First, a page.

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How would you make $500 a month on 1 acre?  RSS feed

 
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Location: mountains of Tennessee
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Many great ideas already presented here. I believe the "secret" is to find the right combination for your own situation.

Didn't notice bartering mentioned much. Honey is excellent for that. I also give the wax away to creative folks in exchange for candles, soaps, lotions, artwork, etc. Be aware that I'm just using honey as an example. Getting into bees simply to make a profit will most likely result in failure. Do it because you love them & then you have a chance in the long run.
 
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Location: Eastern Ontario, Canada Zone 5b
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Pamela Smith wrote:
Here in Canada if we get farm status, for us this is simply selling product from our land every year of 2500.00 gross.



Just to add - these limits are set provincially. I envy your $2500 limit - here in Ontario, we need $7000 in gross revenue to get a farm number. Of course, that would instantly save us ~$2k in property tax per year.
 
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Mike Barkley wrote:Many great ideas already presented here. I believe the "secret" is to find the right combination for your own situation.

Didn't notice bartering mentioned much. Honey is excellent for that. I also give the wax away to creative folks in exchange for candles, soaps, lotions, artwork, etc. Be aware that I'm just using honey as an example. Getting into bees simply to make a profit will most likely result in failure. Do it because you love them & then you have a chance in the long run.



For me, bartering is a given. One needs to first find the right products for oneself to grow/raise/do and then once something is going one then has a product for bartering. This is also where a community comes in, a community can be your local neighbours. Get to know your neighbours and see if what they have is what you need and vice verse. It could be another source to determine and get started on what to grow/raise/do.

I agree with the byproduct of bees. Love to have you as a neighbour, Mike :-)
 
Mike Barkley
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See? I rest my case.
 
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My experience with making money with agriculture and/or crafts is that it's seasonal.  I had to work from December through June before I got paid a cent.   Most food plants only grow in about 6 months out of the year.  Fruit trees can take 6-7 years before they really produce, and they only give fruit for 4-6 weeks, if you can keep the birds and critters off of them.   I sold blackberries and blueberries, made jam out of them, and it was amazing how many people said they didn't eat jam because of the "sugar".  Well, I didn't make it with sugar, but I couldn't convince them of that.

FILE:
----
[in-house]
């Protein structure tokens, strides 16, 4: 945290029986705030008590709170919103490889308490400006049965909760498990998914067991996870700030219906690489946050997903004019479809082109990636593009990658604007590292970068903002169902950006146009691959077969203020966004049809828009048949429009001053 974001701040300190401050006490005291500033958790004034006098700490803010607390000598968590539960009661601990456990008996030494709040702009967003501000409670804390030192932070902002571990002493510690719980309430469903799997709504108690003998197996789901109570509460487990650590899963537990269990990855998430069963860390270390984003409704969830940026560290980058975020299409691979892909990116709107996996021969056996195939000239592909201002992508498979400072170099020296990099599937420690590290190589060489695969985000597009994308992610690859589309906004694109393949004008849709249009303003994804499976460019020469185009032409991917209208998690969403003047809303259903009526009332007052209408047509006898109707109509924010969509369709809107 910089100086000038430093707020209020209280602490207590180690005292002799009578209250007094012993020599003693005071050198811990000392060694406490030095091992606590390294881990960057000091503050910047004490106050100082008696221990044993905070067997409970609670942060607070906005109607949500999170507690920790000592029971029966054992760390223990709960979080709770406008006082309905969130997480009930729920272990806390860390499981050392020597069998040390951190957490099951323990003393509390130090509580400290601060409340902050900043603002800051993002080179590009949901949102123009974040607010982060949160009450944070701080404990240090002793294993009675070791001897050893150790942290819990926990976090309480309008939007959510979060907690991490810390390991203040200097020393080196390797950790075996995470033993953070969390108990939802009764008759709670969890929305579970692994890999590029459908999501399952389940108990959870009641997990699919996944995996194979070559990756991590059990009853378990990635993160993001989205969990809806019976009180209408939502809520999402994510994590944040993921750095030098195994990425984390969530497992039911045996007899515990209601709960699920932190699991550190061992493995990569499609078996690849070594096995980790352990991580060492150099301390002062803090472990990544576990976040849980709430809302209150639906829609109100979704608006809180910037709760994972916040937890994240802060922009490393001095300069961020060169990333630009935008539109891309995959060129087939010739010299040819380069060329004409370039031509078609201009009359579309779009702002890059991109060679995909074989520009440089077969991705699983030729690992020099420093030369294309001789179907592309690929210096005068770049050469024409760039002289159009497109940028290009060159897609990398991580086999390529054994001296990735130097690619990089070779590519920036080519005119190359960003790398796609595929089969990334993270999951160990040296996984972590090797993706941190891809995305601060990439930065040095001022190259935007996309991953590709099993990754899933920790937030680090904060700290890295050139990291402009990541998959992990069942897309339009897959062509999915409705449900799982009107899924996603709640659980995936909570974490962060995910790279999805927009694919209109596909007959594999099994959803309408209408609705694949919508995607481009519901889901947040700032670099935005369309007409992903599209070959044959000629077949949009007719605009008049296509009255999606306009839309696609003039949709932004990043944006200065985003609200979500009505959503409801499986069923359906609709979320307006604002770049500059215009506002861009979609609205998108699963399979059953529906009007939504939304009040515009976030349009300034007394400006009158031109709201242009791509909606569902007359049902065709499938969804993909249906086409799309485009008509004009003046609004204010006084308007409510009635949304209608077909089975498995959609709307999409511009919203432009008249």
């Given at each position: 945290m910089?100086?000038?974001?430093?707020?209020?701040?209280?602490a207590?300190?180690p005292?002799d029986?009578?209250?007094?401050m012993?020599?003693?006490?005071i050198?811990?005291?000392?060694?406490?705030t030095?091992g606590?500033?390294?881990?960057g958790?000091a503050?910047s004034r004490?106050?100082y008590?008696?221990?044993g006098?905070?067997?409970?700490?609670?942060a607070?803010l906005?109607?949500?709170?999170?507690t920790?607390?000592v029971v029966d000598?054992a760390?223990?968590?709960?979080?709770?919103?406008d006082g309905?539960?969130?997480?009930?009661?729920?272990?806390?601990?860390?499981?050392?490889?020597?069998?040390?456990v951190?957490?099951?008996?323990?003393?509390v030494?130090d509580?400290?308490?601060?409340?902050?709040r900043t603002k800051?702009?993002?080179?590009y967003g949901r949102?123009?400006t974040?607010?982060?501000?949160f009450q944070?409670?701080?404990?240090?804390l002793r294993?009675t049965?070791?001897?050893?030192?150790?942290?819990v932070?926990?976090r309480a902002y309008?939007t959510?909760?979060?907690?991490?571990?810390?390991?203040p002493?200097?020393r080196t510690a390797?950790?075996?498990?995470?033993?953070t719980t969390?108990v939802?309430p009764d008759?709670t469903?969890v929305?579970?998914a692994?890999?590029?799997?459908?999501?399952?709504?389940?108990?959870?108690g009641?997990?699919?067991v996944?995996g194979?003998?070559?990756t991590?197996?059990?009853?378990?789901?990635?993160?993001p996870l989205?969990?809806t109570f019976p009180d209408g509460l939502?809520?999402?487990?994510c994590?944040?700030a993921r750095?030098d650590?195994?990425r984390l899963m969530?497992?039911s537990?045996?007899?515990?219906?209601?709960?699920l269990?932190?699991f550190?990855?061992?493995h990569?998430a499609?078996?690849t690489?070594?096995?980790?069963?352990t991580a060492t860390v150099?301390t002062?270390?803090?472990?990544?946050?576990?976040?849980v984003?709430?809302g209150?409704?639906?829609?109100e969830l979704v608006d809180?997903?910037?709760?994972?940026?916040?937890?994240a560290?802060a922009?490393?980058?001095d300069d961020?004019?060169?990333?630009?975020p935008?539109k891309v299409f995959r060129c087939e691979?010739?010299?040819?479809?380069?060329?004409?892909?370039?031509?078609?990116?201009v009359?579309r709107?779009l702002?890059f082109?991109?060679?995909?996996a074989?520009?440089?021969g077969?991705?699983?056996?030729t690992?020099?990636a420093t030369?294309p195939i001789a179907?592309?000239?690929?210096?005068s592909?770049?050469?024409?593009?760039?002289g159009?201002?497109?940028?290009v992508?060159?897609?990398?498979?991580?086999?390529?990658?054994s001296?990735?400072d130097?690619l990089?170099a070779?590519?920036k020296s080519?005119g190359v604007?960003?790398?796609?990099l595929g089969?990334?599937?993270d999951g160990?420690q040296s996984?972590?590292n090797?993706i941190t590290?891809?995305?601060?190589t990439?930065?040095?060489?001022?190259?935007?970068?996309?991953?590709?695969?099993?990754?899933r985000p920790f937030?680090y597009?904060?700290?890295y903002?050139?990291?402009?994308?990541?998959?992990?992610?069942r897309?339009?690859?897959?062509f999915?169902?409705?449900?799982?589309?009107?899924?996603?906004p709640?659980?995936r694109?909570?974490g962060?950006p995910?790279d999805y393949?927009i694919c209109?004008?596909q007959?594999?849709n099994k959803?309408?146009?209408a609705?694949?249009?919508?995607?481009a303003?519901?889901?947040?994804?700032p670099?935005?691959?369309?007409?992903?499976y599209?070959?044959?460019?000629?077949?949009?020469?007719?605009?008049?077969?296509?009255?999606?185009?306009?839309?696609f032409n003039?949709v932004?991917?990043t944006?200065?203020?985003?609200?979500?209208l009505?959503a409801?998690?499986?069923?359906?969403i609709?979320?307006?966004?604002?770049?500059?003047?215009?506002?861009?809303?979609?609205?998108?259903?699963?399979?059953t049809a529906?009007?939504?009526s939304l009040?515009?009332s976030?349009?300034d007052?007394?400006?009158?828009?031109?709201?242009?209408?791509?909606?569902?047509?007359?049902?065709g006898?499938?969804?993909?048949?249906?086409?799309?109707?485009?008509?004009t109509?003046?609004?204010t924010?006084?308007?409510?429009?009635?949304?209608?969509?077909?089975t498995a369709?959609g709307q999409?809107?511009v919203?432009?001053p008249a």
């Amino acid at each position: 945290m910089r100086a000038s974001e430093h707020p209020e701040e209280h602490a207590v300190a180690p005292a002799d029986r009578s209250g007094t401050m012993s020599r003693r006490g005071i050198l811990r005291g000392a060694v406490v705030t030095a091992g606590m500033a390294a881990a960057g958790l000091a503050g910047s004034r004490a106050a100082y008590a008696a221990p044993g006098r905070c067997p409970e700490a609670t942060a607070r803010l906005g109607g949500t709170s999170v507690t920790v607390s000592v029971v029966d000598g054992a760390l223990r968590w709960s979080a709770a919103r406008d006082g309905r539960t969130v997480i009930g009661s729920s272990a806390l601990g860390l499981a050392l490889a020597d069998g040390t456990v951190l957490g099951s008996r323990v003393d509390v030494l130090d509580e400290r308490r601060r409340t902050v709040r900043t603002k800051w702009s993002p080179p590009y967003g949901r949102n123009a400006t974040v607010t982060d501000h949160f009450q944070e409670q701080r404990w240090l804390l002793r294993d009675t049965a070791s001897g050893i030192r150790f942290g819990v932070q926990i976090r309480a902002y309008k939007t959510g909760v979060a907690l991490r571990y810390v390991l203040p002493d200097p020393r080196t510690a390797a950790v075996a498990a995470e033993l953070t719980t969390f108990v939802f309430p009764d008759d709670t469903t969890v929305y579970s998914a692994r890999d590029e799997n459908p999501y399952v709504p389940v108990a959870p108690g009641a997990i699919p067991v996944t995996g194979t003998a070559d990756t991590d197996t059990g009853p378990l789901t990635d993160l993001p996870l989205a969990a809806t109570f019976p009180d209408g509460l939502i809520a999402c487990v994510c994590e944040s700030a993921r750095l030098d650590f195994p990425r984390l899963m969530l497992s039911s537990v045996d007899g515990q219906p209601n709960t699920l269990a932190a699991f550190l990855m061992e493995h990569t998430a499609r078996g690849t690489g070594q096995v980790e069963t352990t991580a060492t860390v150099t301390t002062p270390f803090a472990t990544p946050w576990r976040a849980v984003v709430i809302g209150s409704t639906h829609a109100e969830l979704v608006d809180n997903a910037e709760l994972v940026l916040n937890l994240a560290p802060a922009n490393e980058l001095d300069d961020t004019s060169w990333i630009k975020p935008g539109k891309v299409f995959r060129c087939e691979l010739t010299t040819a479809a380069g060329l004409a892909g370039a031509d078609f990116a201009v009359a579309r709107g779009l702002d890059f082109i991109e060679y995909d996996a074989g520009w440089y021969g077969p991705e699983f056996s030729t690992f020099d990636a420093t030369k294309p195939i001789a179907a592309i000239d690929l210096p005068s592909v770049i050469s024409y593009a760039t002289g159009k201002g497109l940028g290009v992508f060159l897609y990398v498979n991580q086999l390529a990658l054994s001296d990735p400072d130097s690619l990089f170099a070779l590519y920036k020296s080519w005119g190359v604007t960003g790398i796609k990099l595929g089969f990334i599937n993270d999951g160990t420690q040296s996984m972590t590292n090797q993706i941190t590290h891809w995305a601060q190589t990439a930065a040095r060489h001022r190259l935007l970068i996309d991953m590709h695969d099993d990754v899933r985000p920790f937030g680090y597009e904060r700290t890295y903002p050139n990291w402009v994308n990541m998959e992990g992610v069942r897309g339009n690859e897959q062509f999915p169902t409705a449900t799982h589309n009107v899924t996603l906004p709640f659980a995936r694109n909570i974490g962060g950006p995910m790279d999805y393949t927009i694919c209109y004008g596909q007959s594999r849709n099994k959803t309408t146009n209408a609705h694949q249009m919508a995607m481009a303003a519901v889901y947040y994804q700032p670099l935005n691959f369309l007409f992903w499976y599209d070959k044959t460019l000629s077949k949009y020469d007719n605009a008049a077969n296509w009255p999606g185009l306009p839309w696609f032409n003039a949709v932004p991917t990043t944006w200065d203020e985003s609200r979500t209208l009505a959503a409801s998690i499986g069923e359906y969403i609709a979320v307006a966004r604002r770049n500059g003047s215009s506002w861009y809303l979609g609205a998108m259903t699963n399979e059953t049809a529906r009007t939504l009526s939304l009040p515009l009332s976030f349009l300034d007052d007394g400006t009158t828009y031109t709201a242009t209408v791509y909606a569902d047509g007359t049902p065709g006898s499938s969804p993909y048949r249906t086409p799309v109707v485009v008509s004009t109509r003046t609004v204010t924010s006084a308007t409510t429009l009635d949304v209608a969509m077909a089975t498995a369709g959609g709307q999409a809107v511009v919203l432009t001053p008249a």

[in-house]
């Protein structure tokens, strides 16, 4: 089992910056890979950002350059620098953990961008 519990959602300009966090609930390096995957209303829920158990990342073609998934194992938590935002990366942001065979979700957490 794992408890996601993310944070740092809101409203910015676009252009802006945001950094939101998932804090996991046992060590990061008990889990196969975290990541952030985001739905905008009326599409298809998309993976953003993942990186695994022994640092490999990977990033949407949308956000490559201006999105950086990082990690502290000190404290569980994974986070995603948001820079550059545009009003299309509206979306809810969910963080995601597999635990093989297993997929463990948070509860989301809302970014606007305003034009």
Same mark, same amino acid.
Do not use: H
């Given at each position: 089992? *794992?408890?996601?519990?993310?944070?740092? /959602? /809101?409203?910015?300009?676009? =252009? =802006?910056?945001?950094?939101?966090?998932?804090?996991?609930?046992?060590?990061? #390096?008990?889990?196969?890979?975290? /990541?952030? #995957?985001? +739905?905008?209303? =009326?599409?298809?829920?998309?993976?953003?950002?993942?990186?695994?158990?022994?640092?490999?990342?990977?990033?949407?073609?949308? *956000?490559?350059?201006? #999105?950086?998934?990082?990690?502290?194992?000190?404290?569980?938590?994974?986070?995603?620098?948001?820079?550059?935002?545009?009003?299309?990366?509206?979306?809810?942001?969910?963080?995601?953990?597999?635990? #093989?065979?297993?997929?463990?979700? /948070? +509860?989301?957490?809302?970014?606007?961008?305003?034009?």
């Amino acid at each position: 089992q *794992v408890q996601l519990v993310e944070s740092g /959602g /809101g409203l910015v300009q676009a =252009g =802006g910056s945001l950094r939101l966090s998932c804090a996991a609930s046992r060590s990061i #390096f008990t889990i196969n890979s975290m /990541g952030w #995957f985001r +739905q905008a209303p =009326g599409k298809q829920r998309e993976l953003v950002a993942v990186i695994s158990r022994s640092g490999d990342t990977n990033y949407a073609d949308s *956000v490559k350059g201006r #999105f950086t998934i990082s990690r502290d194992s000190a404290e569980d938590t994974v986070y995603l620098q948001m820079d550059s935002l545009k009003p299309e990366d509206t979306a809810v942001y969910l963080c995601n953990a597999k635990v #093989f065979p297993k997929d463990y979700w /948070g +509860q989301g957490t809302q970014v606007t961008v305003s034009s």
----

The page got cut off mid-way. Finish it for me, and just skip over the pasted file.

Getting a slot in a farmers' market is hard, because there's usually a waiting list, and they want something that isn't already selling there.  It, too, is seasonal, and uses up every weekend, which makes families very upset.

If you wanted to try meat or dairy products, or eggs -- fresh eggs are in demand, there are legal requirements, certifications and inspections, sometimes a $30,000 commercial kitchen needed to make food.  Once the skin of fruits and vegetables is broken, all the rules change.

If you do research, find out what isn't already being sold in your area but is in demand every single week, because you'll need customers to come back and buy your product again and again, and write up a business plan that holds water, then that is what might....might work.  It took me a good 4 years to build a customer base.



 
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Hi,

Though this post is now a bit old, perhaps there are some who still run into it, as it applies today as much as it did when Pamela first posted the question.  In the time between then and now, there have been a number of developments in terms of what type of income someone can make off their land, or while living in rural/off-grid environments.  There are some good beginning suggestions on making money while living off grid, and perhaps provides some inspiration and ideas.  That said, it is important to note that you largely get out of it what you put into it, with regard to the use of land, or your skills.  Hard work, dedication and commitment are the key - and never give up, as tenacity is the key to success when finding income solutions from rural living, land use, or other off-grid living scenarios.
 
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